Combined Transport keeps on trucking

Combined Transport keeps on trucking

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By the company’s 30th anniversary in 2010, Combined Transport trucks had logged over 2 billion miles. Last year Combined finally shook off the aftereffects of the 2007 recession as 2012 annual revenues jumped 25% over the previous year to $127 million. Card now sees good times ahead for his company and the industry. “It’s an exciting time,” he says. “We have to turn down loads because we can’t hire enough drivers.” Just as he urges other companies to do, Card is keeping an eye out for first-generation companies looking to sell. “A lot of those trucking companies that started in the ’80s are just now coming into retirement and don’t have a second generation to carry them.” In the next five years, merger and acquisition activity will increase, Card predicts.

Card himself intends to follow an M&A plan he’s been perfecting since 2000, when Combined made its first acquisition. It’s a plan that is in keeping with his efforts to burnish the industry’s reputation. “We don’t want to bottom-feed just to get equipment and drivers,” he says. “That doesn’t work. When we find a company that has a good business model, we’re going to let them keep that model with employees and management structure in place and run them as a wholly owned subsidiary.”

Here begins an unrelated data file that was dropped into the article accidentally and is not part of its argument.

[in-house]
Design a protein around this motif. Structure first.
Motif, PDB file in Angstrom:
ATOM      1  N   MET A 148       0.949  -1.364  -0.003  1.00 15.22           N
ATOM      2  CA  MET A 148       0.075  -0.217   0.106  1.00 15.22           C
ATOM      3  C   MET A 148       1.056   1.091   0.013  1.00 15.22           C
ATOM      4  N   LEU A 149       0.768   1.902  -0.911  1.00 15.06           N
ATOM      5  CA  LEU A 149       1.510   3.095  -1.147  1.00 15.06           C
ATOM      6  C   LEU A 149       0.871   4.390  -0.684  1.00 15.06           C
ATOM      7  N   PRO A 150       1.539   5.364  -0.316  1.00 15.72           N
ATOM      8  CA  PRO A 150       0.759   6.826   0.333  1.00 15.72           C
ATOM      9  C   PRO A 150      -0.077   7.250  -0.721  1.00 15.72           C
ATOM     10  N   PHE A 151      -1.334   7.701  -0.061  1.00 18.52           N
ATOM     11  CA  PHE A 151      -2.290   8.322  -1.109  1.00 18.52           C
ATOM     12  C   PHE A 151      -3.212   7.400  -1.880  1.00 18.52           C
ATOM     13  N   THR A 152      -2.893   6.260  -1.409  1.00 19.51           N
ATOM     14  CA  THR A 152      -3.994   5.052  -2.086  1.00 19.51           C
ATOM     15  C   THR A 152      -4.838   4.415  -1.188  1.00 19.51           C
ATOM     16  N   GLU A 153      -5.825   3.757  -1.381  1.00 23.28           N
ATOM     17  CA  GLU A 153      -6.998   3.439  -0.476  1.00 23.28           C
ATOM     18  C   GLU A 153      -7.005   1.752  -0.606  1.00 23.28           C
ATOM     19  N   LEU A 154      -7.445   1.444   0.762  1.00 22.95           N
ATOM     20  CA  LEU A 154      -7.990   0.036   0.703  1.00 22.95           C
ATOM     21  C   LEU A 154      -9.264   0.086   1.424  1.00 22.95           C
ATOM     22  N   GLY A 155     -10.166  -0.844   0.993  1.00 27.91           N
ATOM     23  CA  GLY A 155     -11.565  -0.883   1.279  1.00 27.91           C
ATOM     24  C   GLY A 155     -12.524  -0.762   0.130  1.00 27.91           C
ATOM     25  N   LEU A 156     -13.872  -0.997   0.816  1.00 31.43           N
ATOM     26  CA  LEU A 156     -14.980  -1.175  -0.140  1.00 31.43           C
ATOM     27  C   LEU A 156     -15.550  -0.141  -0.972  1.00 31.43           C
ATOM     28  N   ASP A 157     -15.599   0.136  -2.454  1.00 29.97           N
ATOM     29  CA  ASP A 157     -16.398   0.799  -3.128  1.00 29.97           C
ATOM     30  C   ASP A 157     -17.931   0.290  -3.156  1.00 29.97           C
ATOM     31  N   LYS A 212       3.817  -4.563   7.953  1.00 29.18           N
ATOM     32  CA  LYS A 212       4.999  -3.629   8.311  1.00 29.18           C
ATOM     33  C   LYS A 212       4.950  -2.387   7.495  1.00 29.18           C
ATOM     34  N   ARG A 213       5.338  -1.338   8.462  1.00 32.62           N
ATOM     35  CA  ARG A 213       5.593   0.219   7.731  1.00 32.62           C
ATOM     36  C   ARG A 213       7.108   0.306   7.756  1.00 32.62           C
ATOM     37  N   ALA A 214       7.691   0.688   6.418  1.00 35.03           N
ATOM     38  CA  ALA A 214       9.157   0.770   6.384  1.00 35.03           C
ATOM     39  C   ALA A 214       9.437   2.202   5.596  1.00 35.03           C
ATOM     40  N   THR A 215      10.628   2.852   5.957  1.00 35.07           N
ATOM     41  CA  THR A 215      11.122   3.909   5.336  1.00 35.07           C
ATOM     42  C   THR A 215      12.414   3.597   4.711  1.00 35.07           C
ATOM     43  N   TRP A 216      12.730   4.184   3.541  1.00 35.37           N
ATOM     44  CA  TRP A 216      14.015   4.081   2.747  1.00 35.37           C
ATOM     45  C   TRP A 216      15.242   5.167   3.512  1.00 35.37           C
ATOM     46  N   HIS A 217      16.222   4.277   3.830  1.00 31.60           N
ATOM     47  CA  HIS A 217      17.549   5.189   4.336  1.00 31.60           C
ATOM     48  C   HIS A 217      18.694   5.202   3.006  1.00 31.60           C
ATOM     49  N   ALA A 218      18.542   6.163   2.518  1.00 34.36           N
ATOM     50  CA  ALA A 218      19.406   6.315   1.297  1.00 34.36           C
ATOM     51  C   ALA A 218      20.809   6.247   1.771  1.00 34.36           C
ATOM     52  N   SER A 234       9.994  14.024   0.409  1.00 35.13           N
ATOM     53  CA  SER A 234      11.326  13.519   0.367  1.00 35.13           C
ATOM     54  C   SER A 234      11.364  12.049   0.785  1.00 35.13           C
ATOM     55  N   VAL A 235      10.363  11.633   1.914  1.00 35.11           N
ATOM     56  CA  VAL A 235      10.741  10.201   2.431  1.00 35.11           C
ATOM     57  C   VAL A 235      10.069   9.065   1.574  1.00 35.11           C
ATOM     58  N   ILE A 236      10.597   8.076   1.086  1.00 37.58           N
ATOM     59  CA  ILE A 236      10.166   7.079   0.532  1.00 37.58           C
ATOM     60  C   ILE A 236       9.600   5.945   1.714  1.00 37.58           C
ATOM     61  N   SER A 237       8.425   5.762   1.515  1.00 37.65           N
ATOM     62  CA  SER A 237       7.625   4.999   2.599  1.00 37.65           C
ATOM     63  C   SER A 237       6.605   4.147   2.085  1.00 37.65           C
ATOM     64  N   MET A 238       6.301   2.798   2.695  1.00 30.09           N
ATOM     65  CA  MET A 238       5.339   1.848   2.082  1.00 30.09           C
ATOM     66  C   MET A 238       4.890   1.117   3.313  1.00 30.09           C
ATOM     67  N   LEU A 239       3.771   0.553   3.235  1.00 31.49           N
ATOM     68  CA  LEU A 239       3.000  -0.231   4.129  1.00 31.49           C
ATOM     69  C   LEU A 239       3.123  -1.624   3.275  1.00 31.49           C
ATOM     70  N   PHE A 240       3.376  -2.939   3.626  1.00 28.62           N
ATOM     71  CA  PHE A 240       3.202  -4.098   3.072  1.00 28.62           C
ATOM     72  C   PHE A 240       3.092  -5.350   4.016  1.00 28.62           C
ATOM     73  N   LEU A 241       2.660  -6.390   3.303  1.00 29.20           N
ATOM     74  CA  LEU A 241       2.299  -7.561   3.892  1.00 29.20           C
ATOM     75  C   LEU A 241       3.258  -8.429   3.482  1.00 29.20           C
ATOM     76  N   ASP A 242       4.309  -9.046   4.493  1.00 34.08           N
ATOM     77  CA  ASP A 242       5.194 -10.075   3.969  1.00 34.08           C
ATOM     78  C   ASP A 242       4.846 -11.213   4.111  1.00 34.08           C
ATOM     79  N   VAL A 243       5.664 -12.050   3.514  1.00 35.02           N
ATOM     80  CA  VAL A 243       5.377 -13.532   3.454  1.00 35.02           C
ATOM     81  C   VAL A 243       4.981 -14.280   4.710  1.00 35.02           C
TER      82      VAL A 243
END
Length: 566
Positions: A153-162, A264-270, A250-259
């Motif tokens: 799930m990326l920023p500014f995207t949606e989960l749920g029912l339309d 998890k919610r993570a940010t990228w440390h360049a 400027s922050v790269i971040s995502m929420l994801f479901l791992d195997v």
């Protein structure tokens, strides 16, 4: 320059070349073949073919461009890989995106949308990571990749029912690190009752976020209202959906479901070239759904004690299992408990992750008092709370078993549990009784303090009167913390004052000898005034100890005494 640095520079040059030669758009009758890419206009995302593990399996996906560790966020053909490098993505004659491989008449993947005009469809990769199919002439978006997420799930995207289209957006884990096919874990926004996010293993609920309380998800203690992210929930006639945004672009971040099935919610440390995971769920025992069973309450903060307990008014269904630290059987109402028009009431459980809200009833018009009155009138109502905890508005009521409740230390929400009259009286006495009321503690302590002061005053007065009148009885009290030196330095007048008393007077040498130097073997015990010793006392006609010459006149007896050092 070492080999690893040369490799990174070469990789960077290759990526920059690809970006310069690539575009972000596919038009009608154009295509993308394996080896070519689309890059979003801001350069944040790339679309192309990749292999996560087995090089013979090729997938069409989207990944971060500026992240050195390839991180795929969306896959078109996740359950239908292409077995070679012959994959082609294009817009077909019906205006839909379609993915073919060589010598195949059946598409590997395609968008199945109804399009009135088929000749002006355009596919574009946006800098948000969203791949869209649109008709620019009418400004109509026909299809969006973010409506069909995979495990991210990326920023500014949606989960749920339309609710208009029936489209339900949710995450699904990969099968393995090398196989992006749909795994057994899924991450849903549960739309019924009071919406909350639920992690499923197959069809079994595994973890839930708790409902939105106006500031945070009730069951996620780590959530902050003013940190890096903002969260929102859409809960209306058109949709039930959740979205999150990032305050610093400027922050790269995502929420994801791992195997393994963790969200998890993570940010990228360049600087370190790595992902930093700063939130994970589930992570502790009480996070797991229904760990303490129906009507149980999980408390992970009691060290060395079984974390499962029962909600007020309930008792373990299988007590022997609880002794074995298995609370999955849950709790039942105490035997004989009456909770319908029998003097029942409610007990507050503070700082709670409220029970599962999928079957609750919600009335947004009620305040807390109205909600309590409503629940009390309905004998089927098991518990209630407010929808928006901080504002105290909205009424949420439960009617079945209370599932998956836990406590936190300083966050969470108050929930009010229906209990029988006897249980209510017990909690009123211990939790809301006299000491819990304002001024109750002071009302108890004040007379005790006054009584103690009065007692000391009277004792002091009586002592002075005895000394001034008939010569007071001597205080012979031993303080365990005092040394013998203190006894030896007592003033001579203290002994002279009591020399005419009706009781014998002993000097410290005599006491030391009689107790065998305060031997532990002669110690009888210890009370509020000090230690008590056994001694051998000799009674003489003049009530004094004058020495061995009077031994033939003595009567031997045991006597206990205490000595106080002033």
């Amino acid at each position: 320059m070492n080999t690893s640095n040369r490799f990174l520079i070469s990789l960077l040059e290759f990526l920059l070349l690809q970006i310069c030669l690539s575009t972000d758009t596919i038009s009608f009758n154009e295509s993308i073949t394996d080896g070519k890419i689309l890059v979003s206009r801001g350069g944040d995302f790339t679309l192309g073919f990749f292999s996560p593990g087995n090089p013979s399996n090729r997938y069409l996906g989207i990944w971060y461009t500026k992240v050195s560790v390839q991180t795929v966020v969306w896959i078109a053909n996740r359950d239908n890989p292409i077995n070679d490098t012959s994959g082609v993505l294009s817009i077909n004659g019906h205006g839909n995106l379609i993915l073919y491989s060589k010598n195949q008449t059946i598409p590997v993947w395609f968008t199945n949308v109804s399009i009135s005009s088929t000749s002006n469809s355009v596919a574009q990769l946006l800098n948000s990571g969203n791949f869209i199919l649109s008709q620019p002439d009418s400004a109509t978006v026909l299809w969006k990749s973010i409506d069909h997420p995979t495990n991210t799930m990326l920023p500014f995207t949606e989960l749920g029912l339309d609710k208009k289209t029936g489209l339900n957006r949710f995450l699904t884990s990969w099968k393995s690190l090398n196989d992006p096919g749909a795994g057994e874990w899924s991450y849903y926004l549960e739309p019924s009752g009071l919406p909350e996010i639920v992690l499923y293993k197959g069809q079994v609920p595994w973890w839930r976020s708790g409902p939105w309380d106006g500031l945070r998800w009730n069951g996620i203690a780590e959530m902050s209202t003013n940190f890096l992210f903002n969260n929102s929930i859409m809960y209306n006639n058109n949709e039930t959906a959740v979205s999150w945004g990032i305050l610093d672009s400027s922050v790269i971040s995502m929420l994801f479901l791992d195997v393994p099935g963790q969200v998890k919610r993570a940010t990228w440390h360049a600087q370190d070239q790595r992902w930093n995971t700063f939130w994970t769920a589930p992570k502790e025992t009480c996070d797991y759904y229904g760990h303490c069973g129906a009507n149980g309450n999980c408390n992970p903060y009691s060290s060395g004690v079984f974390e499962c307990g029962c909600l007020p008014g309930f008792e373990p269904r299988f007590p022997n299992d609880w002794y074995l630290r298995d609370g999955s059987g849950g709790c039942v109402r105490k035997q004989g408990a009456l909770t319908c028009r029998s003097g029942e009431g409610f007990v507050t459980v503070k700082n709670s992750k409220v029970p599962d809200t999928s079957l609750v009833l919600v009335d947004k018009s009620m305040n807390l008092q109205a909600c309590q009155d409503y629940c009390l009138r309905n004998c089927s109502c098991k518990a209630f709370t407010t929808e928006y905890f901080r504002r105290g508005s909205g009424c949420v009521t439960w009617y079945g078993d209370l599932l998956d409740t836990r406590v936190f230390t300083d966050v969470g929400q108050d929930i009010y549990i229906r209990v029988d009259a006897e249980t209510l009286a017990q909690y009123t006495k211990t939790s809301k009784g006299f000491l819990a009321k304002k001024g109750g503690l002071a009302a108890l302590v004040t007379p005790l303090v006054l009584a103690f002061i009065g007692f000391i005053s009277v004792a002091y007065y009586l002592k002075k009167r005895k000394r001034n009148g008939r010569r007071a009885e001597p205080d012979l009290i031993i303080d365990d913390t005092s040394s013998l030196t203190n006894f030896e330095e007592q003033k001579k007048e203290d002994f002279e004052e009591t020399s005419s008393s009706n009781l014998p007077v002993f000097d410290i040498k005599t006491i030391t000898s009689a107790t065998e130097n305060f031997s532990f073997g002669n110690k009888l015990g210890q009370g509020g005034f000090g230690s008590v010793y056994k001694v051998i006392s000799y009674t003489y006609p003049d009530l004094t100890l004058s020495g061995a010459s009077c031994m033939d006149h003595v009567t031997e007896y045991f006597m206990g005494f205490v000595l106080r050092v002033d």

A case in point: In 2012 Card purchased friend Mike Simone’s Blackwell Consolidation (formerly Cross Creek Trucking). The purchase included Blackwell’s 31-acre parcel of land situated within shouting distance of Interstate 5, solving a problem that’s vexed Card for years. “Moving operations over there is really going to help the Rogue Valley,” Card says. “We’ll eliminate over 50,000 truck miles by being that much closer to I-5. We won’t be clogging the two busiest intersections in the Valley, and we estimate saving over a quarter ton of pollution from the air shed.”

This is just another way of giving back to the state Card holds dear. As ATA chairman, Card preaches respect, professionalism and safety on the road. Back at home, he’s an equally vocal cheerleader for Oregon economic development. “I love it here,” he enthuses. “I was born and raised in Medford. Everyone in the trucking industry knows I’m from Oregon. I make a big deal out of it because I think it’s the best place in the world to live.”